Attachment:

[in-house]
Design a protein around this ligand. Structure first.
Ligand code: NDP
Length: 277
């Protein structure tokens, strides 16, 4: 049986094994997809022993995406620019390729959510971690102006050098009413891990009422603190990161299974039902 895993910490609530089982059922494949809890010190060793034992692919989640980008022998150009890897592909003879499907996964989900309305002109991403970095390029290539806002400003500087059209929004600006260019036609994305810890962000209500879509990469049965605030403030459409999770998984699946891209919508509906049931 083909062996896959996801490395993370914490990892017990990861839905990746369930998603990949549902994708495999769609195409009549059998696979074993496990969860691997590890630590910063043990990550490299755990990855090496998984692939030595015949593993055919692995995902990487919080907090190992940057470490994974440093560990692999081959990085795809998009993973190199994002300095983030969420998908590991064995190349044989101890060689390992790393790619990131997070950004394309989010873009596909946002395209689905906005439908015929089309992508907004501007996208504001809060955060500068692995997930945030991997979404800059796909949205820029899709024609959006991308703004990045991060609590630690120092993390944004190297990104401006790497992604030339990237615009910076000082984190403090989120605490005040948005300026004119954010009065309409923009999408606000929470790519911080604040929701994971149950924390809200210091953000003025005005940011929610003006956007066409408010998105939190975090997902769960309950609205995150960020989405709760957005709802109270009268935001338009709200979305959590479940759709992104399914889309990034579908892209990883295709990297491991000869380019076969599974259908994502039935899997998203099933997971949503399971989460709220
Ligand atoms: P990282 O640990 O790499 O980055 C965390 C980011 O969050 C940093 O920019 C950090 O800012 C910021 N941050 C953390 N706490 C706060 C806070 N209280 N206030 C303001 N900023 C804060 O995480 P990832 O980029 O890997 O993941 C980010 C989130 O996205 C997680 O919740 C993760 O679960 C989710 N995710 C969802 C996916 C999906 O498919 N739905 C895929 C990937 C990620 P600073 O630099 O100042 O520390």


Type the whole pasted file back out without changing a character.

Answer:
[in-house]
Design a protein around this ligand. Structure first.
Ligand code: NDP
Length: 277
């Protein structure tokens, strides 16, 4: 049986094994997809022993995406620019390729959510971690102006050098009413891990009422603190990161299974039902 895993910490609530089982059922494949809890010190060793034992692919989640980008022998150009890897592909003879499907996964989900309305002109991403970095390029290539806002400003500087059209929004600006260019036609994305810890962000209500879509990469049965605030403030459409999770998984699946891209919508509906049931 083909062996896959996801490395993370914490990892017990990861839905990746369930998603990949549902994708495999769609195409009549059998696979074993496990969860691997590890630590910063043990990550490299755990990855090496998984692939030595015949593993055919692995995902990487919080907090190992940057470490994974440093560990692999081959990085795809998009993973190199994002300095983030969420998908590991064995190349044989101890060689390992790393790619990131997070950004394309989010873009596909946002395209689905906005439908015929089309992508907004501007996208504001809060955060500068692995997930945030991997979404800059796909949205820029899709024609959006991308703004990045991060609590630690120092993390944004190297990104401006790497992604030339990237615009910076000082984190403090989120605490005040948005300026004119954010009065309409923009999408606000929470790519911080604040929701994971149950924390809200210091953000003025005005940011929610003006956007066409408010998105939190975090997902769960309950609205995150960020989405709760957005709802109270009268935001338009709200979305959590479940759709992104399914889309990034579908892209990883295709990297491991000869380019076969599974259908994502039935899997998203099933997971949503399971989460709220
Ligand atoms: P990282 O640990 O790499 O980055 C965390 C980011 O969050 C940093 O920019 C950090 O800012 C910021 N941050 C953390 N706490 C706060 C806070 N209280 N206030 C303001 N900023 C804060 O995480 P990832 O980029 O890997 O993941 C980010 C989130 O996205 C997680 O919740 C993760 O679960 C989710 N995710 C969802 C996916 C999906 O498919 N739905 C895929 C990937 C990620 P600073 O630099 O100042 O520390």